When it’s all said and done, I think we will find out that water has a great deal more power (magic) than we thought. I have said this before, but it bears saying again. Water is the hidden mystery. If there is one thing that can show us the direct hand of the Great Alchemist, it is water.
Of the four powers--water, earth, air, and fire--water possesses three. It is, first and foremost of course, water. It is the element of liquid, and there is no need to expound upon its being of the realm of Water. But with a temperature change, it becomes solid. Now this is not just a façade of being “solid,” this is the real deal. Ice has an ordered crystalline structure and is considered a mineral. Water increases in volume when frozen due to hydrogen bonding. These bonds form hexagonal crystals, and that is of the realm of Earth.
|Caught in the act!|
With yet another temperature change, the ice releases its mineral qualities and becomes gaseous, as you can see in the photo. The ice was caught in the act of transmutation, and that has the Great Alchemist stamped all over it. Suddenly the particles have become vastly separated, and now the water enters the realm of Air. Now as elemental gas, the water is free to take on the qualities (and magic) of air.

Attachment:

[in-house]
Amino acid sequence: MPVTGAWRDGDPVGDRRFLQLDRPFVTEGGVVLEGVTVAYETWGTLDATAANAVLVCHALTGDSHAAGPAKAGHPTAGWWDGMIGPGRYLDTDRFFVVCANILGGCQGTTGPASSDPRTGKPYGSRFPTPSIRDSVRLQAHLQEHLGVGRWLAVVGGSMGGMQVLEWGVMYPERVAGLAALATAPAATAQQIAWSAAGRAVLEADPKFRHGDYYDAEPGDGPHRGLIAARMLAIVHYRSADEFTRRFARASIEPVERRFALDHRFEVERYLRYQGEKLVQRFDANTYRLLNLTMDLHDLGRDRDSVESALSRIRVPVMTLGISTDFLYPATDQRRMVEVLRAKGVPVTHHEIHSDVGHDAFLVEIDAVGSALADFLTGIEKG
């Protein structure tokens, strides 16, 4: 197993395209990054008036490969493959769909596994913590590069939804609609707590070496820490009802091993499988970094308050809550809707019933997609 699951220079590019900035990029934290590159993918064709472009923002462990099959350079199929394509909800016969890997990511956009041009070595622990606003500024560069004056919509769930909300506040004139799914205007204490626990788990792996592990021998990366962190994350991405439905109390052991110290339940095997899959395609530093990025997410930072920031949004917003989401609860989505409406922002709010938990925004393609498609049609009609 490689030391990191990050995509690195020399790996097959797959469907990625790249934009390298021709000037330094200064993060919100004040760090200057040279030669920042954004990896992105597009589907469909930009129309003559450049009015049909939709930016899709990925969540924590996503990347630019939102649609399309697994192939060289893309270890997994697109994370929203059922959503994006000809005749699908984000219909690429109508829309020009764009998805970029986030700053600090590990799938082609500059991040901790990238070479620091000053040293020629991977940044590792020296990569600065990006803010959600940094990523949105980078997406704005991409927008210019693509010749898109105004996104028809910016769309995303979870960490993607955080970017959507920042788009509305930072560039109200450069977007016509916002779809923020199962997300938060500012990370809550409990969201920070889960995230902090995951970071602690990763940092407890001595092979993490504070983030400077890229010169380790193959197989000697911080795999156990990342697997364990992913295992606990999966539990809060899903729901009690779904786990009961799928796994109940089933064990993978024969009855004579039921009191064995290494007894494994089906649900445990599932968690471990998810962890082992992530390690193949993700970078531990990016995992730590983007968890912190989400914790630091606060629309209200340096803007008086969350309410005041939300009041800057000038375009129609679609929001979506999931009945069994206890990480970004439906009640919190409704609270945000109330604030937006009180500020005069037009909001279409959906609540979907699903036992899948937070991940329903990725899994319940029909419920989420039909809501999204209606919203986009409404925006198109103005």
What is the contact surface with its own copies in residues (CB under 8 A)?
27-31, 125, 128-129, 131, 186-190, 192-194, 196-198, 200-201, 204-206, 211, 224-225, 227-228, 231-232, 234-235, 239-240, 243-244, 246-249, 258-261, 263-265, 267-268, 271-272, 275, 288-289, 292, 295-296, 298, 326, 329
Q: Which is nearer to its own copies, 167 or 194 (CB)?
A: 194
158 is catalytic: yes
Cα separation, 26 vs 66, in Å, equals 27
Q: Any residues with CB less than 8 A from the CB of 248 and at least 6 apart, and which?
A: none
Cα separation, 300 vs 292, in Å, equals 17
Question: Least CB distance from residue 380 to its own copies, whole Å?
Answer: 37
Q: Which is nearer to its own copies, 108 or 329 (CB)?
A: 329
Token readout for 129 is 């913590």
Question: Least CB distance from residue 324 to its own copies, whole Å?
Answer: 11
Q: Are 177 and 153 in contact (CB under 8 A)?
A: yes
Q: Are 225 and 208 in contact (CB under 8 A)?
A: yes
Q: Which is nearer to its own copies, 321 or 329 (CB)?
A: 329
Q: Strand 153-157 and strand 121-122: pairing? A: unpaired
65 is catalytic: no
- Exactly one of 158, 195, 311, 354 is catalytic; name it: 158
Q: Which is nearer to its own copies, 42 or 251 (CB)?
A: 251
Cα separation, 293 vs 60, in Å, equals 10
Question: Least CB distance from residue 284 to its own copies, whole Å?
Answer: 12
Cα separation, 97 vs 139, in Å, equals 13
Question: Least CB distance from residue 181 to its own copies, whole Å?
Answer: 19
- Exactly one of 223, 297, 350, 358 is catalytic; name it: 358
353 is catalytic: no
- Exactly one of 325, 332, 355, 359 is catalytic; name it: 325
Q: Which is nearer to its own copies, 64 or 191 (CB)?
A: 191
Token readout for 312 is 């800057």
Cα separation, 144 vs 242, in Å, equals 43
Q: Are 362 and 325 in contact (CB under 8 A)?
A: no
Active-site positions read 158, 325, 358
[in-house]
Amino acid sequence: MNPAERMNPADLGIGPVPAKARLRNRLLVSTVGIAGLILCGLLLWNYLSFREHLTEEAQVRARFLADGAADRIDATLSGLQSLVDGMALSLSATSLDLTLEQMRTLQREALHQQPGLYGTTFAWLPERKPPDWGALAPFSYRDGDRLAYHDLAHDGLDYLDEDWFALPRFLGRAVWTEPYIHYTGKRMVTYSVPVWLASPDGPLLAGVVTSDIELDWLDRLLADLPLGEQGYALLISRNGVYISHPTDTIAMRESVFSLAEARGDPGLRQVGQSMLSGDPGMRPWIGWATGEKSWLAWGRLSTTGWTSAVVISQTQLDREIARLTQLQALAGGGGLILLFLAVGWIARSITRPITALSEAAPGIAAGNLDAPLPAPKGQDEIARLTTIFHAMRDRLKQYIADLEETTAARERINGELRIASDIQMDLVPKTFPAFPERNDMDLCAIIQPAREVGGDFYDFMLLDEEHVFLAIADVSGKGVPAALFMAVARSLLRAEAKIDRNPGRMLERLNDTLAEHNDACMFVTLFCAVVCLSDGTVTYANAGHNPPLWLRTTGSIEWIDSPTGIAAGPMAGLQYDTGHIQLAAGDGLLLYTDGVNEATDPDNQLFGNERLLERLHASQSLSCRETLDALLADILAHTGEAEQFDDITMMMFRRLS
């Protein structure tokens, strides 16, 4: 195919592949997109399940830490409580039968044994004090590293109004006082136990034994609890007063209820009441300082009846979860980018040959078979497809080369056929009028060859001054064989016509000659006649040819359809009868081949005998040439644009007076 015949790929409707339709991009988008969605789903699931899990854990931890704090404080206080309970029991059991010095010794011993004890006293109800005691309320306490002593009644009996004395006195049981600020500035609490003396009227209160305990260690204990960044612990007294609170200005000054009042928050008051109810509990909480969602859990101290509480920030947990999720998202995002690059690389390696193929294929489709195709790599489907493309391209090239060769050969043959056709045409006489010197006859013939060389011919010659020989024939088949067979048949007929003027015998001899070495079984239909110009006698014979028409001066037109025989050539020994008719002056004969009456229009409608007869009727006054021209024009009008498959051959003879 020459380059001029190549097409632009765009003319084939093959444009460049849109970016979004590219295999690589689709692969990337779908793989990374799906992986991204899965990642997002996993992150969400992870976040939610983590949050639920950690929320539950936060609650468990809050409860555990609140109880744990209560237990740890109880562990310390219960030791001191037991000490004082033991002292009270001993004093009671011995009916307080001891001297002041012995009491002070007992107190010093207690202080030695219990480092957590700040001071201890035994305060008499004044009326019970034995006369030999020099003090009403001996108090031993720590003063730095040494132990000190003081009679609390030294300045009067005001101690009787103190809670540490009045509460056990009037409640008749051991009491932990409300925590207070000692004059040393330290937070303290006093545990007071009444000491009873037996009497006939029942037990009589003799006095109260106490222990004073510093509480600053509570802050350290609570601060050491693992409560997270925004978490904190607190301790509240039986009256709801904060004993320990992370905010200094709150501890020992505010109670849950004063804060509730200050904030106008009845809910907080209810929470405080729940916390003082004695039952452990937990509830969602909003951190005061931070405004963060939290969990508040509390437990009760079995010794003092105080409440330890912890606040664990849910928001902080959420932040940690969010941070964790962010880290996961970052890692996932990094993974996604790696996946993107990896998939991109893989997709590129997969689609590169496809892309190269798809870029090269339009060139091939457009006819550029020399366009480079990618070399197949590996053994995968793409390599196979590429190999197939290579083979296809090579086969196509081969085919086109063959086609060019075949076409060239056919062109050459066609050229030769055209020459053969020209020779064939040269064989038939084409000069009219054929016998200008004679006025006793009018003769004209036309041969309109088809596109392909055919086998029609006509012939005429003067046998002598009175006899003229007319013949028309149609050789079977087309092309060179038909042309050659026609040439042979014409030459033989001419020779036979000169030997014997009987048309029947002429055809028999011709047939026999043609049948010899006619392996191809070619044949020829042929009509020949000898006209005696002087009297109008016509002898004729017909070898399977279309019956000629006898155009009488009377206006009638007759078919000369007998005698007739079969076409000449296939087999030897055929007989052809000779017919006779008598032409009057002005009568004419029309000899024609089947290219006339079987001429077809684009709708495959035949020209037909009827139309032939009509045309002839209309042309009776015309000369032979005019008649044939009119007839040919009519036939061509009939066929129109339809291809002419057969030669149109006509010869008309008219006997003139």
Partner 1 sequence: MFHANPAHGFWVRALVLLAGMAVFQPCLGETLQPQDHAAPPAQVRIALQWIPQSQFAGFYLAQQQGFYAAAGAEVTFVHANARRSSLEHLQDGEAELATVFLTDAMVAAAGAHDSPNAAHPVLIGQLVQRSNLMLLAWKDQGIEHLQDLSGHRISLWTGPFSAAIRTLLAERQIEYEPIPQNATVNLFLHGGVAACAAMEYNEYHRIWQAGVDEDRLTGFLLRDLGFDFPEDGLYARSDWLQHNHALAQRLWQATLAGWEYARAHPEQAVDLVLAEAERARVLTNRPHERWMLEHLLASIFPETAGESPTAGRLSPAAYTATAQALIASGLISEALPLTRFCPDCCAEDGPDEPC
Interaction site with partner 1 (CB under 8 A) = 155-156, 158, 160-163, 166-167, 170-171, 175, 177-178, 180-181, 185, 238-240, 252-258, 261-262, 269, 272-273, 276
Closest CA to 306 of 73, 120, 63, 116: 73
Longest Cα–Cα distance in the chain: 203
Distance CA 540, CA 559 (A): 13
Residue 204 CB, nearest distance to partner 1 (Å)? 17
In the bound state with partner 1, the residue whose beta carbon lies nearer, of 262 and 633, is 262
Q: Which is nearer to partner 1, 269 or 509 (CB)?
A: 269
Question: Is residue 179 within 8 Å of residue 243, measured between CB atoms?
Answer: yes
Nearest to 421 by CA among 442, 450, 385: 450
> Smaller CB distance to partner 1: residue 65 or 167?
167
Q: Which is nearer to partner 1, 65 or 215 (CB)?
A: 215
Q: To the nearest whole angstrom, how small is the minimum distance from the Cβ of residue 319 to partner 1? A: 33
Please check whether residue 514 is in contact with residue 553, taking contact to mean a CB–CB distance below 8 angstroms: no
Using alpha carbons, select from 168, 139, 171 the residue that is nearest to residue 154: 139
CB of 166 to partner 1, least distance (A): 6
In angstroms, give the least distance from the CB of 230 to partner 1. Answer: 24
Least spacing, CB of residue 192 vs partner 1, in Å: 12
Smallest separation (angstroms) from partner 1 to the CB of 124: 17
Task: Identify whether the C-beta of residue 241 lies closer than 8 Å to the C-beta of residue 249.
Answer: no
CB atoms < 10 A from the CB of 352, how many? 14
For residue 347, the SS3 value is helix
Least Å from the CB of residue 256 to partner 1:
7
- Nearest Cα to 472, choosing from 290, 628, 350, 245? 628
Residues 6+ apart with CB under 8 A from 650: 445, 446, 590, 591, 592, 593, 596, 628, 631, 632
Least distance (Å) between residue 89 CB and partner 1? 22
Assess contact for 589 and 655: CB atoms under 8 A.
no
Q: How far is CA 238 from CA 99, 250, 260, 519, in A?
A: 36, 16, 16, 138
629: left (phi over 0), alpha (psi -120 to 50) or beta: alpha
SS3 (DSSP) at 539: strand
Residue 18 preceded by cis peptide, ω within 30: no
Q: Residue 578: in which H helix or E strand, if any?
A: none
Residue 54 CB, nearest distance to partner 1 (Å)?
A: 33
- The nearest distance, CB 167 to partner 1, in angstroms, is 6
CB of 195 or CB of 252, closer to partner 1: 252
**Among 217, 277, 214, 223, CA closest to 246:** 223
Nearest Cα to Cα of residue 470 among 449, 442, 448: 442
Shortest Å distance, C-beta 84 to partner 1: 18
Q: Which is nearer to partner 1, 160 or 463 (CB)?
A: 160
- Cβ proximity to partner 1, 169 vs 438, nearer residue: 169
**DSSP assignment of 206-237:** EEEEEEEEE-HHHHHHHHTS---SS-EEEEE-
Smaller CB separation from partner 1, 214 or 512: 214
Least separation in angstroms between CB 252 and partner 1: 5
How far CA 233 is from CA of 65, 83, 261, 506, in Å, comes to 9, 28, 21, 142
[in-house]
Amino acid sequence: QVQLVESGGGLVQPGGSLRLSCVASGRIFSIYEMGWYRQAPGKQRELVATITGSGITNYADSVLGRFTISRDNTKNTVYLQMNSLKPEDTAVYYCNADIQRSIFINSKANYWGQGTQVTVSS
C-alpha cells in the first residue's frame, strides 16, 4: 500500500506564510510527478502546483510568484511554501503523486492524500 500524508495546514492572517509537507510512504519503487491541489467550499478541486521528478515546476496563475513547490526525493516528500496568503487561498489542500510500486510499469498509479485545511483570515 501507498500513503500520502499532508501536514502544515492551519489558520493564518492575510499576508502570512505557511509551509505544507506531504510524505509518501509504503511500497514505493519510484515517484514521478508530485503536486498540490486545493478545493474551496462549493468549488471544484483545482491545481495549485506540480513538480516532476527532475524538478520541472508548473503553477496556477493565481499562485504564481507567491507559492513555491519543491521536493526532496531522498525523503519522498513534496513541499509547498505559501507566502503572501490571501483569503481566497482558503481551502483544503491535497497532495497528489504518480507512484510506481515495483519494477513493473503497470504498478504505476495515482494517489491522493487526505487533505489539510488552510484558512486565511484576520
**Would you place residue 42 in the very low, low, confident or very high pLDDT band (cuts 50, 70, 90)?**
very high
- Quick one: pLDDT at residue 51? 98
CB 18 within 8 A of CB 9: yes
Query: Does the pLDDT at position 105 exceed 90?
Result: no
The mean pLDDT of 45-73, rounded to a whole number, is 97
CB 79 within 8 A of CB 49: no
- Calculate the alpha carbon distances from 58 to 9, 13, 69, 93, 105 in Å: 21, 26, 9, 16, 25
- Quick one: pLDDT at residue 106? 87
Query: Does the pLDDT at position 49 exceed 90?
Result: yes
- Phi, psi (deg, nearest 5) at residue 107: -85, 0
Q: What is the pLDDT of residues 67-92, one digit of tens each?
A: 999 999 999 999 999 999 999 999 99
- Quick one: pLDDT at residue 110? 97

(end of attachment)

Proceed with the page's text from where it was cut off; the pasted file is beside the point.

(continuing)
The only realm it has no command over is the realm of Fire. At least, not that we know of, although I am confident that one day we will see water has been entering that realm all along. Until then, it is important to note that the realm of Fire directly affects water, allowing it to transmute to different realms. Indeed, without the realm of Fire (temperature change), water would be imprisoned. It is fire that gives rise to water.
They are really not opposites when you think about it, but complementary friends. Without the fire, the water is imprisoned. Without the water, the fire is ultimately destructive and consumes itself. This is all greatly simplified, of course, and run through the biased lens of an eccentric writer.
What provides the electrical impulse to begin with? This is one of the ongoing questions of In Pursuit of Maine, although it necessarily takes the background against the beauty of the great outdoors. The impulse is hidden everywhere and is most likely to be found in nature in its simplest forms. The simpler, the better. The quest continues.